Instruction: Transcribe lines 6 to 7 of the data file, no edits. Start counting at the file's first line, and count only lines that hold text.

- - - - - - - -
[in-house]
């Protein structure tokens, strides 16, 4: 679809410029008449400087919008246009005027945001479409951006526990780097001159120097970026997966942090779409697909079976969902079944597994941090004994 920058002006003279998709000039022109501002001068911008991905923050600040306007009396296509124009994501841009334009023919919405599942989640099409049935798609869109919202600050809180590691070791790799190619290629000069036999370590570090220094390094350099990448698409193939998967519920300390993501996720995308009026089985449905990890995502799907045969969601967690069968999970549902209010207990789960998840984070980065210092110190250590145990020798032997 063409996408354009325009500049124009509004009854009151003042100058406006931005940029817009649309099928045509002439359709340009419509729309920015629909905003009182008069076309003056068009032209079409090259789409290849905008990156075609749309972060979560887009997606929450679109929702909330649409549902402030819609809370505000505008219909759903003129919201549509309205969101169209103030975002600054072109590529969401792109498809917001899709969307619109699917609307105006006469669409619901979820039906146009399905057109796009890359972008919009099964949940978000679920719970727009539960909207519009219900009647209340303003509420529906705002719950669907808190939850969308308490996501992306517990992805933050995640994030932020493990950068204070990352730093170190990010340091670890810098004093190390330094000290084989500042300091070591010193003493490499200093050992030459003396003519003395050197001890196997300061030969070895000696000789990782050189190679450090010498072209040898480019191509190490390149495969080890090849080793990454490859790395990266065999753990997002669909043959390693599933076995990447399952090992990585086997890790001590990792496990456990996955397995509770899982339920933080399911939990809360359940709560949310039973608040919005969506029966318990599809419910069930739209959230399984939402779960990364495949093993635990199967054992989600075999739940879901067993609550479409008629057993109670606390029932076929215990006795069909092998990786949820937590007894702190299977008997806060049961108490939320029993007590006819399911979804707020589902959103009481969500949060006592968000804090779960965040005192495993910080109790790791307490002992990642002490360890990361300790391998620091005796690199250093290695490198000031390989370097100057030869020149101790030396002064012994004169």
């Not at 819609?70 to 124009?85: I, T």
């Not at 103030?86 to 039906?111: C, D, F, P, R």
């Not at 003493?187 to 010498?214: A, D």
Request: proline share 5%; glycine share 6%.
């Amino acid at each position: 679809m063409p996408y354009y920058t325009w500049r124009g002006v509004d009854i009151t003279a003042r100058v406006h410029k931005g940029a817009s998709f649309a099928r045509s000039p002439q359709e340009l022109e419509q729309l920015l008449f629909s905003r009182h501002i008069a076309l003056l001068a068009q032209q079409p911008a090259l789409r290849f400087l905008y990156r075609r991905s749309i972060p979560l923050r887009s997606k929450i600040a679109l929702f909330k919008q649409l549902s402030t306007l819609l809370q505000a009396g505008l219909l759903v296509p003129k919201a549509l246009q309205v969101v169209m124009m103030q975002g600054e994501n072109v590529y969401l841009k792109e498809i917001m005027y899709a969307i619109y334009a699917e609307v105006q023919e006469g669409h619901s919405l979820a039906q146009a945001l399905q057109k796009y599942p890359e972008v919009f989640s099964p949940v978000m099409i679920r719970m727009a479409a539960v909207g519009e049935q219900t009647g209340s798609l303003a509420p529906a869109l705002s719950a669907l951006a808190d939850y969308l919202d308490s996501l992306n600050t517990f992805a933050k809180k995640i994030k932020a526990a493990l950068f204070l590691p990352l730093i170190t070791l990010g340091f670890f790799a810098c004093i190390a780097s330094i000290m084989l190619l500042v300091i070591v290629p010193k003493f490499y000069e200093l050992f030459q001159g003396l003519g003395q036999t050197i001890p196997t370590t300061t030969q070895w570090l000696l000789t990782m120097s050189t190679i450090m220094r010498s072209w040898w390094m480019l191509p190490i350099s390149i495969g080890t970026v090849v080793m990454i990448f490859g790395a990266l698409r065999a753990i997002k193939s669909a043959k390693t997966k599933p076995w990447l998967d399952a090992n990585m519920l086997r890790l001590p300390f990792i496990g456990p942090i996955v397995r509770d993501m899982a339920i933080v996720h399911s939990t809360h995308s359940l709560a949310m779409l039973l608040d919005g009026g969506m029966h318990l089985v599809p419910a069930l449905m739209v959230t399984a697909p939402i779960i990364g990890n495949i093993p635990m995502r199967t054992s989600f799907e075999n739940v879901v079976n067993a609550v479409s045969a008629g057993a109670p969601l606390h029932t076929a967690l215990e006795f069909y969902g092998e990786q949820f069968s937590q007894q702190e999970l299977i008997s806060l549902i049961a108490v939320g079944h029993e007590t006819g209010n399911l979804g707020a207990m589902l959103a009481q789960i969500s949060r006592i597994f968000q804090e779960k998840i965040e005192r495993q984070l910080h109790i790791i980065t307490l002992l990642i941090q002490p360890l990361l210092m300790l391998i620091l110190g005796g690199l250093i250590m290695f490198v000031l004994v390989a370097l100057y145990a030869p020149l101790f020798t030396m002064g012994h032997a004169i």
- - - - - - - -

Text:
Request: proline share 5%; glycine share 6%.
């Amino acid at each position: 679809m063409p996408y354009y920058t325009w500049r124009g002006v509004d009854i009151t003279a003042r100058v406006h410029k931005g940029a817009s998709f649309a099928r045509s000039p002439q359709e340009l022109e419509q729309l920015l008449f629909s905003r009182h501002i008069a076309l003056l001068a068009q032209q079409p911008a090259l789409r290849f400087l905008y990156r075609r991905s749309i972060p979560l923050r887009s997606k929450i600040a679109l929702f909330k919008q649409l549902s402030t306007l819609l809370q505000a009396g505008l219909l759903v296509p003129k919201a549509l246009q309205v969101v169209m124009m103030q975002g600054e994501n072109v590529y969401l841009k792109e498809i917001m005027y899709a969307i619109y334009a699917e609307v105006q023919e006469g669409h619901s919405l979820a039906q146009a945001l399905q057109k796009y599942p890359e972008v919009f989640s099964p949940v978000m099409i679920r719970m727009a479409a539960v909207g519009e049935q219900t009647g209340s798609l303003a509420p529906a869109l705002s719950a669907l951006a808190d939850y969308l919202d308490s996501l992306n600050t517990f992805a933050k809180k995640i994030k932020a526990a493990l950068f204070l590691p990352l730093i170190t070791l990010g340091f670890f790799a810098c004093i190390a780097s330094i000290m084989l190619l500042v300091i070591v290629p010193k003493f490499y000069e200093l050992f030459q001159g003396l003519g003395q036999t050197i001890p196997t370590t300061t030969q070895w570090l000696l000789t990782m120097s050189t190679i450090m220094r010498s072209w040898w390094m480019l191509p190490i350099s390149i495969g080890t970026v090849v080793m990454i990448f490859g790395a990266l698409r065999a753990i997002k193939s669909a043959k390693t997966k599933p076995w990447l998967d399952a090992n990585m519920l086997r890790l001590p300390f990792i496990g456990p942090i996955v397995r509770d993501m899982a339920i933080v996720h399911s939990t809360h995308s359940l709560a949310m779409l039973l608040d919005g009026g969506m029966h318990l089985v599809p419910a069930l449905m739209v959230t399984a697909p939402i779960i990364g990890n495949i093993p635990m995502r199967t054992s989600f799907e075999n739940v879901v079976n067993a609550v479409s045969a008629g057993a109670p969601l606390h029932t076929a967690l215990e006795f069909y969902g092998e990786q949820f069968s937590q007894q702190e999970l299977i008997s806060l549902i049961a108490v939320g079944h029993e007590t006819g209010n399911l979804g707020a207990m589902l959103a009481q789960i969500s949060r006592i597994f968000q804090e779960k998840i965040e005192r495993q984070l910080h109790i790791i980065t307490l002992l990642i941090q002490p360890l990361l210092m300790l391998i620091l110190g005796g690199l250093i250590m290695f490198v000031l004994v390989a370097l100057y145990a030869p020149l101790f020798t030396m002064g012994h032997a004169i």